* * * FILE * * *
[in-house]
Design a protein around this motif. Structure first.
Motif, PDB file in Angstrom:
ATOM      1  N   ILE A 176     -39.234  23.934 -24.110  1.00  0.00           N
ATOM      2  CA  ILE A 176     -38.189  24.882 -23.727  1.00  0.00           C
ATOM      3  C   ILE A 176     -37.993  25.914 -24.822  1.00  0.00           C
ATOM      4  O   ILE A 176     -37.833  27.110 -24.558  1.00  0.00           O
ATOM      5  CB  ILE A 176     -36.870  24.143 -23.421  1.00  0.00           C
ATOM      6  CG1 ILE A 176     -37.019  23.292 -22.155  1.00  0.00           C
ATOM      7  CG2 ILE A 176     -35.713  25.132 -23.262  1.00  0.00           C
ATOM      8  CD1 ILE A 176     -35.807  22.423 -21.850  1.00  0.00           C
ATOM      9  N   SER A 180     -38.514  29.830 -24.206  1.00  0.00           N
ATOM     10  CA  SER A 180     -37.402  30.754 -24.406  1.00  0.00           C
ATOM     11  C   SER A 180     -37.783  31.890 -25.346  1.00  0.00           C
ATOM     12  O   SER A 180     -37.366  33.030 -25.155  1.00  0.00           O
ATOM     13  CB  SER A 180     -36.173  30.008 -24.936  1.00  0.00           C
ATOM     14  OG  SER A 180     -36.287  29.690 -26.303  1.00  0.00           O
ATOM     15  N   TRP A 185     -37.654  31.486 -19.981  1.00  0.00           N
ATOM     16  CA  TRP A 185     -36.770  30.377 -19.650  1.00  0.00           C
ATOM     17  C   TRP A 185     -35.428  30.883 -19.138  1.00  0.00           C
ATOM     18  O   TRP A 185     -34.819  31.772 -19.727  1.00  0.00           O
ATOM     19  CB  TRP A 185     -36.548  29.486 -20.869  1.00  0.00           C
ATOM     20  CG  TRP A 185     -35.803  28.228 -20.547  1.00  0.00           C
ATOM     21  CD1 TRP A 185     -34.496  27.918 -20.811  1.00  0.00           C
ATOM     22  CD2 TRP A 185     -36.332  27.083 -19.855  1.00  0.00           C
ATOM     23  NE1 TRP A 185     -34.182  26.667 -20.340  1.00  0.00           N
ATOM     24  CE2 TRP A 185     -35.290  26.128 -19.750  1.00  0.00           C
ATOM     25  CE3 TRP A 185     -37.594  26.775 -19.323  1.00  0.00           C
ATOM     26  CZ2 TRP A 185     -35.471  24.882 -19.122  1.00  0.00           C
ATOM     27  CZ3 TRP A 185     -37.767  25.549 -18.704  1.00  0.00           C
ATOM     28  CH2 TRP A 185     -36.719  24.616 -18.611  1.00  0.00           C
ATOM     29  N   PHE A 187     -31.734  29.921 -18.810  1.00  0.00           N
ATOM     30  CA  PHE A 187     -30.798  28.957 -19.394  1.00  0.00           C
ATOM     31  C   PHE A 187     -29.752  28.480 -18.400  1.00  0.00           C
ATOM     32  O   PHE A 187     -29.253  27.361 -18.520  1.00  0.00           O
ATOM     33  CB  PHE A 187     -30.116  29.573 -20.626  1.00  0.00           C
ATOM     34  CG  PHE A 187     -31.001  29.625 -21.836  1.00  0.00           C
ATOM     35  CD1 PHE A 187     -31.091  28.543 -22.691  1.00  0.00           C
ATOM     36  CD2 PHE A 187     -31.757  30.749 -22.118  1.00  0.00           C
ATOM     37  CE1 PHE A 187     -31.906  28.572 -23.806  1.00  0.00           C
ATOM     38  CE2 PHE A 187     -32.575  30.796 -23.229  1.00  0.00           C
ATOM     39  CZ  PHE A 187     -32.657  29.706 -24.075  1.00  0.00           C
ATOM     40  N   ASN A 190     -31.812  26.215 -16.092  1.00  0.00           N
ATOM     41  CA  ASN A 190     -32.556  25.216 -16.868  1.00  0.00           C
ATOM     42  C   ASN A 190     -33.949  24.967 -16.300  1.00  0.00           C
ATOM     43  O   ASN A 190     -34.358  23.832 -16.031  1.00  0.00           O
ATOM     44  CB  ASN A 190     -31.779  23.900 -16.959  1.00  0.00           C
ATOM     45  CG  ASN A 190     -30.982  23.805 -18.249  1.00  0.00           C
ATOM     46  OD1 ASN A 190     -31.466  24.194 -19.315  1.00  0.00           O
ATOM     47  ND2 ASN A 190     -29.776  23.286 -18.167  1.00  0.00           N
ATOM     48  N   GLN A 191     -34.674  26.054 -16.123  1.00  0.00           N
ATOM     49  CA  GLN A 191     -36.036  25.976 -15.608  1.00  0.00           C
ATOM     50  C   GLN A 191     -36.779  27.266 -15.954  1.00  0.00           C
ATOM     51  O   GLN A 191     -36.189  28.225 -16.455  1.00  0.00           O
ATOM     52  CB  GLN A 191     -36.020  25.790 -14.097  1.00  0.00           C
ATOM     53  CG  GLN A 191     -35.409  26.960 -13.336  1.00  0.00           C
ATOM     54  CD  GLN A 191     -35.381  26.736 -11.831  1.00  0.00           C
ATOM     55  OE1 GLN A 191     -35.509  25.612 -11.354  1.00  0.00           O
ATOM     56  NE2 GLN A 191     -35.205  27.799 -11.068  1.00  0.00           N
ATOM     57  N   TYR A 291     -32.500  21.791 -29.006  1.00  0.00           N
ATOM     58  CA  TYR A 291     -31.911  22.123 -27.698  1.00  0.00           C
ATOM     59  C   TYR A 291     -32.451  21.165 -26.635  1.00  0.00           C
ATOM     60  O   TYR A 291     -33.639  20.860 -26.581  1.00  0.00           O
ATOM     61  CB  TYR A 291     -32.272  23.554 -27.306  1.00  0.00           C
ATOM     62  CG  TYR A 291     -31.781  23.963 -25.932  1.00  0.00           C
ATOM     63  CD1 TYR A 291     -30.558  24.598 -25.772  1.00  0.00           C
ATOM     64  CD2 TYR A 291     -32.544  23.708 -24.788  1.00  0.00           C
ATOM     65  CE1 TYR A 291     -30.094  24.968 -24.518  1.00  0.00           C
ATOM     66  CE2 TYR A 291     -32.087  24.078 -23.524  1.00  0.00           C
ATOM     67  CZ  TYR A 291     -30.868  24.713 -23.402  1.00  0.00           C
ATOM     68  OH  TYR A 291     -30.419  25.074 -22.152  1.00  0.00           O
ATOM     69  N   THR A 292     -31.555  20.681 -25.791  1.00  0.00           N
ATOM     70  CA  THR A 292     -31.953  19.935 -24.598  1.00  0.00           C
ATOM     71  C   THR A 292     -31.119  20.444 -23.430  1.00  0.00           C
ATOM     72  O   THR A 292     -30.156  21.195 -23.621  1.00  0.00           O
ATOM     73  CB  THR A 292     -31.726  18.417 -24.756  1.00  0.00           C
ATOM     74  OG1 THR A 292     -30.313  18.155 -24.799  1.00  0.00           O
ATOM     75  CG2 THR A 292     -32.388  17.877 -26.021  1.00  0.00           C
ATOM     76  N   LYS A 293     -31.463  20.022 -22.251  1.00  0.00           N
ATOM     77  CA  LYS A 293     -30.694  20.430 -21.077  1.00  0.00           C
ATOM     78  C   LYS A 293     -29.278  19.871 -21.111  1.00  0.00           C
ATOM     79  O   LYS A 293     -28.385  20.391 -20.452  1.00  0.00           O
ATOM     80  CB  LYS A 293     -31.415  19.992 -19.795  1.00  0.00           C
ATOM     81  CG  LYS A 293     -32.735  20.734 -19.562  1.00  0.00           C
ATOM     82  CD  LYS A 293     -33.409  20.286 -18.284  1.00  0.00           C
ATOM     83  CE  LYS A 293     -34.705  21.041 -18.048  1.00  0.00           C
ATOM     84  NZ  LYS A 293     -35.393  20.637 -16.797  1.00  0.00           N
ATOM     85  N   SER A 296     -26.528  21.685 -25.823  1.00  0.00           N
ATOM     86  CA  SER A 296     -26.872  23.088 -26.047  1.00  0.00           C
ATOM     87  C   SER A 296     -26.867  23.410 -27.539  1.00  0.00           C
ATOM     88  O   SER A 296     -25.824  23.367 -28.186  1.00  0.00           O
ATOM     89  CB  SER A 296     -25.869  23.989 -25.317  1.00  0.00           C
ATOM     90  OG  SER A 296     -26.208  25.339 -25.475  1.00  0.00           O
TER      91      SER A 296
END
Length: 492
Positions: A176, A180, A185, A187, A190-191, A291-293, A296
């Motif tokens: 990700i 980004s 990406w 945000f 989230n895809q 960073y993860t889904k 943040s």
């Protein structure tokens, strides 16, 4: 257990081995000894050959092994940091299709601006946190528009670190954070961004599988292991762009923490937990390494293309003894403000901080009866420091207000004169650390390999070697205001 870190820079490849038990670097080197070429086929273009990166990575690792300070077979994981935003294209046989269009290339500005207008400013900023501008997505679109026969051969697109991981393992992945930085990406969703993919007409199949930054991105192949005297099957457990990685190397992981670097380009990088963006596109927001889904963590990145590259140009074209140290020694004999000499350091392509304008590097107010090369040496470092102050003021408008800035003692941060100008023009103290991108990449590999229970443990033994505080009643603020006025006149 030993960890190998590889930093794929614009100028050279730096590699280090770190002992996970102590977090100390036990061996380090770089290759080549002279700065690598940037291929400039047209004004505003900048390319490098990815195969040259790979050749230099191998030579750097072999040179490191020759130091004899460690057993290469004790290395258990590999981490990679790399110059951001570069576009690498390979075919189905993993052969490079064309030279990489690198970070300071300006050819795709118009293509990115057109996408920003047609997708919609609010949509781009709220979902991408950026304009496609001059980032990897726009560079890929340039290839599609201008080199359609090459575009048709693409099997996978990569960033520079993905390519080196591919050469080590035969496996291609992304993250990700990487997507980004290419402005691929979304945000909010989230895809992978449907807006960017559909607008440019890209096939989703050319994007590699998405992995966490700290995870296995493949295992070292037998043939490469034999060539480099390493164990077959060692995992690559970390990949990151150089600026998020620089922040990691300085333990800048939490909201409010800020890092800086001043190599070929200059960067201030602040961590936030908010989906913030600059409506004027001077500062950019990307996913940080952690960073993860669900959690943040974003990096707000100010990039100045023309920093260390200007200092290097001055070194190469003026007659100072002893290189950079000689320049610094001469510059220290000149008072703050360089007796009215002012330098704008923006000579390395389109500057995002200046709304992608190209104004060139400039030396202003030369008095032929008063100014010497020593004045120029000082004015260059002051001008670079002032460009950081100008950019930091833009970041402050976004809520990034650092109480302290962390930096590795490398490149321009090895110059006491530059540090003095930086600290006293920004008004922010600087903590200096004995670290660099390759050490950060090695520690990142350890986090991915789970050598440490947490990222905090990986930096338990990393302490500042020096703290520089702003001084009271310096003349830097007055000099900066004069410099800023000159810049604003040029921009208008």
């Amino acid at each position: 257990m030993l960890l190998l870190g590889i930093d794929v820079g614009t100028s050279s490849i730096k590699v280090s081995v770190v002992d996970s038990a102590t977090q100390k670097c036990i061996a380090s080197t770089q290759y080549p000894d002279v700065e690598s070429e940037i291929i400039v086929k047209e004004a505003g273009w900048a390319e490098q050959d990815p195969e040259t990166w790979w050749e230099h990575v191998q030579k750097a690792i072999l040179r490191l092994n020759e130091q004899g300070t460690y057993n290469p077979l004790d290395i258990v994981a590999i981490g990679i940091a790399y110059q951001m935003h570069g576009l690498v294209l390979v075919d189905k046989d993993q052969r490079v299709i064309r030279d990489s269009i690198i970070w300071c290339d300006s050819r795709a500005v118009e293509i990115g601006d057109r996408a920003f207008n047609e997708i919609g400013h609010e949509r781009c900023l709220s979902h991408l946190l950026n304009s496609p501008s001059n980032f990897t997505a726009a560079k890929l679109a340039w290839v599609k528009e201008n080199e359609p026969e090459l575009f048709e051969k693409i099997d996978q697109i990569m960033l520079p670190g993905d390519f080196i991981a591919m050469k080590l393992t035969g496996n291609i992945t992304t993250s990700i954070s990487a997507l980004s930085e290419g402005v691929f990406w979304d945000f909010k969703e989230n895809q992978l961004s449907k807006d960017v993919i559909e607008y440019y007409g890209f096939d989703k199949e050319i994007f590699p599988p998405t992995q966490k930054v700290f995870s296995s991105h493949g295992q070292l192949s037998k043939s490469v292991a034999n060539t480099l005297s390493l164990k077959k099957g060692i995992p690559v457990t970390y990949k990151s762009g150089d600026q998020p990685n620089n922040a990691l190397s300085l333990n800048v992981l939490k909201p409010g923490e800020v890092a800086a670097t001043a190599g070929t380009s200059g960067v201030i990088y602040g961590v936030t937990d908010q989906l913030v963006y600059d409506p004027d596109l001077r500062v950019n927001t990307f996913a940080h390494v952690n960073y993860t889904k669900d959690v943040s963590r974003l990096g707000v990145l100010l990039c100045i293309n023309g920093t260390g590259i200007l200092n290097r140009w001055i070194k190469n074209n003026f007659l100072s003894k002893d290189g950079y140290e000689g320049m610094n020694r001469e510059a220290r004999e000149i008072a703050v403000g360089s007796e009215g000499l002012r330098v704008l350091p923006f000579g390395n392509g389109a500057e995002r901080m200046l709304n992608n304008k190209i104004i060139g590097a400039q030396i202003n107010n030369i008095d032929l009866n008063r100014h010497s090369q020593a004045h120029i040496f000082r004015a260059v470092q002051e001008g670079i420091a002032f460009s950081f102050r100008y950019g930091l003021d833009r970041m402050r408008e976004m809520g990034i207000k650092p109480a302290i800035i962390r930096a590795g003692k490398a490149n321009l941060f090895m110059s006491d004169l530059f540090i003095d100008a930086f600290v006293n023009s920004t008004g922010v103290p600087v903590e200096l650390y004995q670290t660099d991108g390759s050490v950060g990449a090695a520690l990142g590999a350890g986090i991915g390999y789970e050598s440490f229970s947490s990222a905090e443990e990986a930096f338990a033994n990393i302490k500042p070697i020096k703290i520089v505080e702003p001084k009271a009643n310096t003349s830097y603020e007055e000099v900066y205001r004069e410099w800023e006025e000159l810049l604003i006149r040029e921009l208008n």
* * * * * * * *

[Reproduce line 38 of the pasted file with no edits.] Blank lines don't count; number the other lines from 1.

ATOM     35  CD1 PHE A 187     -31.091  28.543 -22.691  1.00  0.00           C